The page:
Developers 'turning Belfast Waterworks area into new Holyland'
Members of a north Belfast residents' group have warned the area could become the "next Holyland" blighted by anti-social behaviour after planners recommended approval for a new apartment complex.
The South Ulster Housing Association is building the four-storey, 15-apartment block on Eia Street in the Waterworks neighbourhood.
But following complaints from residents, Belfast City Council has deferred a final decision pending a site visit.
The Waterworks Residents group claimed the new flats would be "bedsits" in an area "crying out for family homes".
Fears of overcrowding and anti-social behaviour, as has been witnessed in the Holyland student area of south Belfast, also concern the group.
And it complained that the developers had failed to meet with residents.
The South Ulster Housing Association said it had carried out a public consultation and that the plans were positively received during an evening presentation in March 2017.
A spokesman added: "It's providing social housing in an area of high need."
On the Holyland comparison, he said: "I think that's a very broad statement - that's what the planning authority is there for.
"Every stage has been scrutinised and approved by the planning authorities so far."
He said it was unfair to suggest it was unwilling to meet the residents' group.
He added: "It's always been part of our process to talk to local residents."
A spokeswoman from the residents' group said she was not reassured.
She said: "For years people are saying they're worried it will become a new Holyland, particularly with the new Ulster University campus coming to Belfast city centre. There's been a lot of concern for years about the Waterworks area becoming run down.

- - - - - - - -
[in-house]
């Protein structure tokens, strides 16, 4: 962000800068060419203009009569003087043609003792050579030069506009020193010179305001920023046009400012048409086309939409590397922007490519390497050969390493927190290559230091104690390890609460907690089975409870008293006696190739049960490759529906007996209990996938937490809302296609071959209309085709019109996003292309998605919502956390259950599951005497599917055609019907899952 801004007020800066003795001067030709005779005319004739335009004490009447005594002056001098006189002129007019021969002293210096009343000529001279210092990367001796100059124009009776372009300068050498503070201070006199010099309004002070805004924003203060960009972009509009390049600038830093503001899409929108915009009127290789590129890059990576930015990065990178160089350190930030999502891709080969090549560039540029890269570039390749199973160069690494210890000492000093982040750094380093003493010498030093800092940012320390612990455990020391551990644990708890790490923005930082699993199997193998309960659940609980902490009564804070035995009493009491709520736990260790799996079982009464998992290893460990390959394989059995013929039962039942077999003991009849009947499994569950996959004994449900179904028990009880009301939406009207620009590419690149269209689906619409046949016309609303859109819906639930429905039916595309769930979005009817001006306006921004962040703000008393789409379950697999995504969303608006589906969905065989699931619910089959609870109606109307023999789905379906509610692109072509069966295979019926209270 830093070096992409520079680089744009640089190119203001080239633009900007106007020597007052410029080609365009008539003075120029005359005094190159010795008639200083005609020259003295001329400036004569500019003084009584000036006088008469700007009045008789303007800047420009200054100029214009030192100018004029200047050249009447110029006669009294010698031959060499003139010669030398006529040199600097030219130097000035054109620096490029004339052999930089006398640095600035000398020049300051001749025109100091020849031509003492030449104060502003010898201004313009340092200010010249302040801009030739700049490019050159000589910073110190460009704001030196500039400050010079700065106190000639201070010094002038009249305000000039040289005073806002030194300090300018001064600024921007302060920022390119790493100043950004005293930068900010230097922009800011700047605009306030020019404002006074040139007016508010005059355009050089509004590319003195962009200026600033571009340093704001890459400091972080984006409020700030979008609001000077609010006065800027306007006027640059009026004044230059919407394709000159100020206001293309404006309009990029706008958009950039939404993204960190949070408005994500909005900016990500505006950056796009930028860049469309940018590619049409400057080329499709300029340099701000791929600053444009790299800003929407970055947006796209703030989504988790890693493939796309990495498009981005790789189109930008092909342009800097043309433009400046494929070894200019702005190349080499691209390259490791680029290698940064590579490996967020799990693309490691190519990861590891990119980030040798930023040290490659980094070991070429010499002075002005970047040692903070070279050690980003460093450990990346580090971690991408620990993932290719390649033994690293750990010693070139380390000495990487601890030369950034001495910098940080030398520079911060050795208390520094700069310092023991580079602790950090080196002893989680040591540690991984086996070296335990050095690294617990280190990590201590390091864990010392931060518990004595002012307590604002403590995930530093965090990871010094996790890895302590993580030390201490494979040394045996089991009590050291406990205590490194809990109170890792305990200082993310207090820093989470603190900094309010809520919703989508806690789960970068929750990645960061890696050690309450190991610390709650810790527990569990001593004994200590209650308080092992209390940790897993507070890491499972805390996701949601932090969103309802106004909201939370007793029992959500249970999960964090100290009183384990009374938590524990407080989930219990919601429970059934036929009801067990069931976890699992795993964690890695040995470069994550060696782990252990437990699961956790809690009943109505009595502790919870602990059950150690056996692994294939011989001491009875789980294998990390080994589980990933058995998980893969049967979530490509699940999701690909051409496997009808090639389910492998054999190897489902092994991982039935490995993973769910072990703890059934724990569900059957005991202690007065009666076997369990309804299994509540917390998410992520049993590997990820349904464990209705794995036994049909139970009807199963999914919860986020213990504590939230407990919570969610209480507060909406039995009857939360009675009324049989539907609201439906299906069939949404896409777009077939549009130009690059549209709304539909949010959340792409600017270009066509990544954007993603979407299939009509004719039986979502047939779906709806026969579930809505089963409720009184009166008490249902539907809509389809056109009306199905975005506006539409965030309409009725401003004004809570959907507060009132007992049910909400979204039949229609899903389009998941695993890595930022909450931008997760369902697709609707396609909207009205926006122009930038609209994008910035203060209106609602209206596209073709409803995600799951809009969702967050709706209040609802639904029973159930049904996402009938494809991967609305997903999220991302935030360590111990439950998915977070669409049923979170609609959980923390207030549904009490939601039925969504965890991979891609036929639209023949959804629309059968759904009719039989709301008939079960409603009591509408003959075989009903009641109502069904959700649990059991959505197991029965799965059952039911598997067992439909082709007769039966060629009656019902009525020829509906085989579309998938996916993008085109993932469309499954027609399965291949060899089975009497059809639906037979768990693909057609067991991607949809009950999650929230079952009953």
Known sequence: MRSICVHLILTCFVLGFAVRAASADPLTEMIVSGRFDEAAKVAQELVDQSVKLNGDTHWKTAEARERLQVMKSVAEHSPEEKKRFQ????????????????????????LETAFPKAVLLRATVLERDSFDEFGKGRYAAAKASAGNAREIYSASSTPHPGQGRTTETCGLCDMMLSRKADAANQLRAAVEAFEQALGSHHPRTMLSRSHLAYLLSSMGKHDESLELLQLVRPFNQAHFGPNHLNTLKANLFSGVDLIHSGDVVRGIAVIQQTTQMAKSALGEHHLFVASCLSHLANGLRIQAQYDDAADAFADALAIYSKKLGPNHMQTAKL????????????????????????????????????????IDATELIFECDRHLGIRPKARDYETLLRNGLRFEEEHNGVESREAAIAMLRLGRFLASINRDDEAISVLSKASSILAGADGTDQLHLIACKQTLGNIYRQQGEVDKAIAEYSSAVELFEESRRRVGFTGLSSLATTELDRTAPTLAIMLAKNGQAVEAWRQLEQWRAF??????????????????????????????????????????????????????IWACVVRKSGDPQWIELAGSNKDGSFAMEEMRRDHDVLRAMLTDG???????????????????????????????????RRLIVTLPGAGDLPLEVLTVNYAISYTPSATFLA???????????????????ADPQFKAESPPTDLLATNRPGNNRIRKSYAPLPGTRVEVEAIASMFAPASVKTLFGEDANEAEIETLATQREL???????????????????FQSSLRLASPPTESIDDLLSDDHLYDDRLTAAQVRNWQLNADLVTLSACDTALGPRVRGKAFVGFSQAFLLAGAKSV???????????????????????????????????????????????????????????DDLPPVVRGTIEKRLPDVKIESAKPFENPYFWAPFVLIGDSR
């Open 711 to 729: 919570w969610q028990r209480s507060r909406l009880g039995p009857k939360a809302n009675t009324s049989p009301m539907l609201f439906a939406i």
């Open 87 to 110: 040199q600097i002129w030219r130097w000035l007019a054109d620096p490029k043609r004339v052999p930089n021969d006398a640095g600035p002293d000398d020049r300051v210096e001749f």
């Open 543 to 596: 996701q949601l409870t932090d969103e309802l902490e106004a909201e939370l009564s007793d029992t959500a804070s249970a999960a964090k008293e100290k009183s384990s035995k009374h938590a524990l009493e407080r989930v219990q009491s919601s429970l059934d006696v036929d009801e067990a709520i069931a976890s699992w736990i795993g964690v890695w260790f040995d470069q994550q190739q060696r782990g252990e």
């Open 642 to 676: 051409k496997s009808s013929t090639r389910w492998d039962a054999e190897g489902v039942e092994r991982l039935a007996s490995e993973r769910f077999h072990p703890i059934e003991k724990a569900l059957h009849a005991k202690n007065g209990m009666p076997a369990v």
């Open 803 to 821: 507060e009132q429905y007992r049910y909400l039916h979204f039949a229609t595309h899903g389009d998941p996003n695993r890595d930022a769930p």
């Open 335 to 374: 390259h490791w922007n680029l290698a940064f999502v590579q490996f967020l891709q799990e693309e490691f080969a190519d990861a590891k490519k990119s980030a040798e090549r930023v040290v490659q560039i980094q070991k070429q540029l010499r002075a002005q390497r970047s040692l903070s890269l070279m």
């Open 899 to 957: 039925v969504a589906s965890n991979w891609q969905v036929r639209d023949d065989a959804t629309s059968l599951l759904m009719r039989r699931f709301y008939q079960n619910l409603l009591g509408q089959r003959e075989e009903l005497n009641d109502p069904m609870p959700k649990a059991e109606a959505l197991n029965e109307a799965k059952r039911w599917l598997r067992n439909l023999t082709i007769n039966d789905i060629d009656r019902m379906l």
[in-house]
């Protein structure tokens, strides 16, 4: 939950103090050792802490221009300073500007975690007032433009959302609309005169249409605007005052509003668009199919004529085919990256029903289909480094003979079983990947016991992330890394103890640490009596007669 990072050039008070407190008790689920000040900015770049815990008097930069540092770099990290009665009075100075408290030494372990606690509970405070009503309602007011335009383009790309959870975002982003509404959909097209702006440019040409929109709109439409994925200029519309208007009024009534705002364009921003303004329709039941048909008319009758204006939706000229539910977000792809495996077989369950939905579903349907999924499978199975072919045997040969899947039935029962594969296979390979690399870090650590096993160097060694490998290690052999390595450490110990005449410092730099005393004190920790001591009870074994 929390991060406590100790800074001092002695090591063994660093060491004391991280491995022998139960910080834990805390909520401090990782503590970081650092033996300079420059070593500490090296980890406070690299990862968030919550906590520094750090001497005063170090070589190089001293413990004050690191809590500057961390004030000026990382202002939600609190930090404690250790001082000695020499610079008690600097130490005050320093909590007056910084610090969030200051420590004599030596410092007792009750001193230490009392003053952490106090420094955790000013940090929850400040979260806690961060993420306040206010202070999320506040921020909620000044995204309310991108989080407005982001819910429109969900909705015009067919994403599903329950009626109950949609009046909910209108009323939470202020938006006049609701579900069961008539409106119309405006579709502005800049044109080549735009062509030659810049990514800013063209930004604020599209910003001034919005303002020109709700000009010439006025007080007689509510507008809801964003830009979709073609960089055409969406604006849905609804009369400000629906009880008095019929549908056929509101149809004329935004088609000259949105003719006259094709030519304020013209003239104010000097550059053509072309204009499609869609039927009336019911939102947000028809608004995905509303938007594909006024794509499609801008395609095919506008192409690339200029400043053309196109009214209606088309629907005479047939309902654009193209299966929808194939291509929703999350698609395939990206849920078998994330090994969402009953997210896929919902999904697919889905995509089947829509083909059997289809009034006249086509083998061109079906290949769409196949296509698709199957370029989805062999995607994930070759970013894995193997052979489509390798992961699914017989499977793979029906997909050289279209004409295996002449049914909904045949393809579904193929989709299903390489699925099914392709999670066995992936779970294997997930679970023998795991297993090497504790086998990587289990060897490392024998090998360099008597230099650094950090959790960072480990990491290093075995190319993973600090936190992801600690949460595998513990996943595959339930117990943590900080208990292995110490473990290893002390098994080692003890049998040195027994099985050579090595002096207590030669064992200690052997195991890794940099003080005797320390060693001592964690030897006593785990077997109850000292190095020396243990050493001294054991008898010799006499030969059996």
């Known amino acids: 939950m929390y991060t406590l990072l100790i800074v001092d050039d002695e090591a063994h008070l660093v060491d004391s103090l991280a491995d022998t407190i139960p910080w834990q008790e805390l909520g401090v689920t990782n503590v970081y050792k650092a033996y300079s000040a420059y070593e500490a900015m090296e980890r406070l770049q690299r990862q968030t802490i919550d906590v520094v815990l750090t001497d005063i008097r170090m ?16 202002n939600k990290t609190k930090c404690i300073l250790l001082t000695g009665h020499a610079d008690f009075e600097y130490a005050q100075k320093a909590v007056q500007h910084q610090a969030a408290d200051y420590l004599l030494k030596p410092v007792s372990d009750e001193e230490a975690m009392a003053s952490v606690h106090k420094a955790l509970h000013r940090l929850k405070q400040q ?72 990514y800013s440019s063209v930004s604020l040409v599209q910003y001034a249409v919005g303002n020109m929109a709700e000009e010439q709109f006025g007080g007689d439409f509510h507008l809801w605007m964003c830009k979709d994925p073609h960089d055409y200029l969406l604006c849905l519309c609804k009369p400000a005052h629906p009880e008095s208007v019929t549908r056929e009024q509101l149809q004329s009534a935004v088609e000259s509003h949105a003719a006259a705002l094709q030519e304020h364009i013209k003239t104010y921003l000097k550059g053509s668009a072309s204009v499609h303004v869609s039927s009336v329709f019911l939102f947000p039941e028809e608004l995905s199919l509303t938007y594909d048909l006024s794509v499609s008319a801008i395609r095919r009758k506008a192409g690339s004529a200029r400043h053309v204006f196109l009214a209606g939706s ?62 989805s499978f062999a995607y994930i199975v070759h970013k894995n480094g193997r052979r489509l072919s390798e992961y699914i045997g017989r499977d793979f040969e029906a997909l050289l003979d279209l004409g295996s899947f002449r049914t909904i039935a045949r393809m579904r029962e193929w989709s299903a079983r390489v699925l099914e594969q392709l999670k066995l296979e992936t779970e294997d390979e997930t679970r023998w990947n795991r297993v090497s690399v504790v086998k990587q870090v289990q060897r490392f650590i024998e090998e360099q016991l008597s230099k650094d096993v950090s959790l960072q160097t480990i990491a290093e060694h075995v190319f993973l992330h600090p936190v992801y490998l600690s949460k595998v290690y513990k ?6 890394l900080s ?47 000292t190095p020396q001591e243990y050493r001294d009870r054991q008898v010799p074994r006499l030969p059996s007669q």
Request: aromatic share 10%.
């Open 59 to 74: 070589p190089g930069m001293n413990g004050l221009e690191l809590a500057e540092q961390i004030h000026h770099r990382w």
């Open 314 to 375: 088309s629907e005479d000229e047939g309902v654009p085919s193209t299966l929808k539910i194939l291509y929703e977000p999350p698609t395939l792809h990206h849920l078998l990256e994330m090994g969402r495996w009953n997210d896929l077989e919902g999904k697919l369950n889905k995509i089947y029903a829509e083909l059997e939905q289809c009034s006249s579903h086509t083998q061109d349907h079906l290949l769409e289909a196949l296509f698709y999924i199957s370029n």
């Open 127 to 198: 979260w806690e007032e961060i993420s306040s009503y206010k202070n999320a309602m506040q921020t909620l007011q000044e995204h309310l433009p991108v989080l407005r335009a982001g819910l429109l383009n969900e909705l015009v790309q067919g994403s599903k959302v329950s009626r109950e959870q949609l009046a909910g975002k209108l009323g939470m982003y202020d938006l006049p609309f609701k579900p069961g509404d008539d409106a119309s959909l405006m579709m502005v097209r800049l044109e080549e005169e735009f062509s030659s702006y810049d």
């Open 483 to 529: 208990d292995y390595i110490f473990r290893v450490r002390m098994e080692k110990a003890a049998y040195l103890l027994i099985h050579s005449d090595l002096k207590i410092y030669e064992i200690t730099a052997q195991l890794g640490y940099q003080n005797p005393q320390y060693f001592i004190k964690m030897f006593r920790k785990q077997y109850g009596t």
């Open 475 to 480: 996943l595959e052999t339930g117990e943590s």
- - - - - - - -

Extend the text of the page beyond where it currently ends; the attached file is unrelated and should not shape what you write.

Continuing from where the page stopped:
"It's 15 apartments - 11 two-bedroom and four one-bedroom.
"We feel the need in the area is really for high-quality family homes."
She said an exodus from the area during the Troubles had led to neglect and an increasing rate of dereliction.
"This is really the culmination of a lot of issues," she added.
"There's been so many hostels and flats put in the area, slum landlords coming in, and now there's more and more developers coming in as they see an opportunity to take these big houses and turn them into bedsits.
"We're not opposed to development in any way - we need it.
"But we want sympathetic development in keeping with the character of the area.
North Belfast Green Party representative Malachai O'Hara said locals were "rightly concerned that it will become another Holyland" due to the growing development of houses of multiple occupancy (HMOs).
"The last thing this area needs is for more overcrowded accommodation to be crammed in," he added.